Presidential Success and International Security in the Middle East

My initial interest in the topic came from a class I took last spring semester that was focused on the American Presidency, and how the power of that office can be wielded. We covered a lot of the classic presidential theory, looking at everything from executive orders to presidents’ characters to presidential war power. I’m also writing my senior thesis in a course called Conflict in the Middle East, so my topic is an attempt to marry those two topics and come up with some meaningful conclusions.
My project will focus on presidential success in international security decisions, specifically in the Middle East, from Richard Nixon’s presidency through that of George H.W. Bush. My paper will seek to analyze how presidents achieve success in the international security subset of foreign policy, using case studies in the Middle East during the given time period.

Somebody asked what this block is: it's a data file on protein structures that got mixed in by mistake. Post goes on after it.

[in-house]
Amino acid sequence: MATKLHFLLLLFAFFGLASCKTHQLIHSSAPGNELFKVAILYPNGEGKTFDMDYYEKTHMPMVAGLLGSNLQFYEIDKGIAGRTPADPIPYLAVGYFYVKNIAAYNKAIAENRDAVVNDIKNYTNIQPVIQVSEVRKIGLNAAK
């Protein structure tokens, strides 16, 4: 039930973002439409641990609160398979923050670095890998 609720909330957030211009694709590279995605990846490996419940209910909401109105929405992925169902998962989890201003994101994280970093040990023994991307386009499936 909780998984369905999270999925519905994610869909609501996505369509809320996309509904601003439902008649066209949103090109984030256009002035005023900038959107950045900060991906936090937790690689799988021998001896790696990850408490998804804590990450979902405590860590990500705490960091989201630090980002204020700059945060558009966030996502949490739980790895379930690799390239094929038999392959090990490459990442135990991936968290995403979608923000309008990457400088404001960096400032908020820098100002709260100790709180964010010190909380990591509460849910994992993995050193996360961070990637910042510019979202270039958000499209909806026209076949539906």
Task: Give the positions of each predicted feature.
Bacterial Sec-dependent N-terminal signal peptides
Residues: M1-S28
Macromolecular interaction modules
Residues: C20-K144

Presidential success has often been framed as the President’s ability to persuade Congress and negotiate with political opponents regarding legislation; foreign policy presents a situation where this is not explicitly the case. Sometimes bargaining with Congress is essential to achieving foreign policy objectives, but frequently (especially involving matters of immediate international security) the President can operate somewhat autonomously from Congress. So, I will look at how presidents during this time period achieved (or failed to achieve) success in the international security arena in the Middle East.
I spent a gap year between high school and college living and working at a school in Jordan, and have been following news in that region pretty closely ever since. So, my interest in this part topic comes both from academic interests as well as personal experience. My topic is, quite honestly, a bit vaguer than I’d like at this point but I’m planning on doing a lot more research in the next couple of days to narrow it down further. Let me know what your thoughts are – I look forward to meeting and talking with you all in November.

Peter Boal, Haverford College

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